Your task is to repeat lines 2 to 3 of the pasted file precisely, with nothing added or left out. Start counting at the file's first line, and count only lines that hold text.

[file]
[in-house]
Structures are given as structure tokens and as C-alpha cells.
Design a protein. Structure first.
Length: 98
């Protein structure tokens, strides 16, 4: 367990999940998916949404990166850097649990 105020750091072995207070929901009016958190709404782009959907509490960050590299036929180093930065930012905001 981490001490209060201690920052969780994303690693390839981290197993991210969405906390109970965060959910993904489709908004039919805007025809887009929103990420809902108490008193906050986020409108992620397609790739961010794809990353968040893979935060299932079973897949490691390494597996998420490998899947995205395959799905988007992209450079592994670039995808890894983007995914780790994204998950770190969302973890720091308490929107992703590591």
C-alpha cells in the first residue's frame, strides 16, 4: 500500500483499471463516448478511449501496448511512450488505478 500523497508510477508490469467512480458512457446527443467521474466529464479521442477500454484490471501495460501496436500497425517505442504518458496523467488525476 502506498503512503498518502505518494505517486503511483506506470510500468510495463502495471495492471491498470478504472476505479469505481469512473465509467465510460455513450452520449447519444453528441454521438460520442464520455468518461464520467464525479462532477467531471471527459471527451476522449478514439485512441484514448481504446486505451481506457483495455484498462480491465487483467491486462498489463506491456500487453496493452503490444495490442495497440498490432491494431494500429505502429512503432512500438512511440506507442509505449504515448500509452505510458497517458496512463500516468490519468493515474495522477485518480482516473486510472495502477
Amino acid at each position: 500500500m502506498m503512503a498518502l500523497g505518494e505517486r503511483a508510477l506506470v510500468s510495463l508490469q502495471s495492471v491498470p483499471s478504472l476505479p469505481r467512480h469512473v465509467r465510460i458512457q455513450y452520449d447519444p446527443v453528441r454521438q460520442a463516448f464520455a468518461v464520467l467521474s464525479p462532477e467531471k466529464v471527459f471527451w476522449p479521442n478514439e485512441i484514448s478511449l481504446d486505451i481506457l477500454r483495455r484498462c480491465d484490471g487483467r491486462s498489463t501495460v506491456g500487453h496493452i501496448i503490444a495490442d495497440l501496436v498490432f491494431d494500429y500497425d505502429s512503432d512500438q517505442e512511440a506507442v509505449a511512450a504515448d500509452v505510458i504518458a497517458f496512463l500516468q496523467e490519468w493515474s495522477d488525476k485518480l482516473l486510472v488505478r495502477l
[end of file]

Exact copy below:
Structures are given as structure tokens and as C-alpha cells.
Design a protein. Structure first.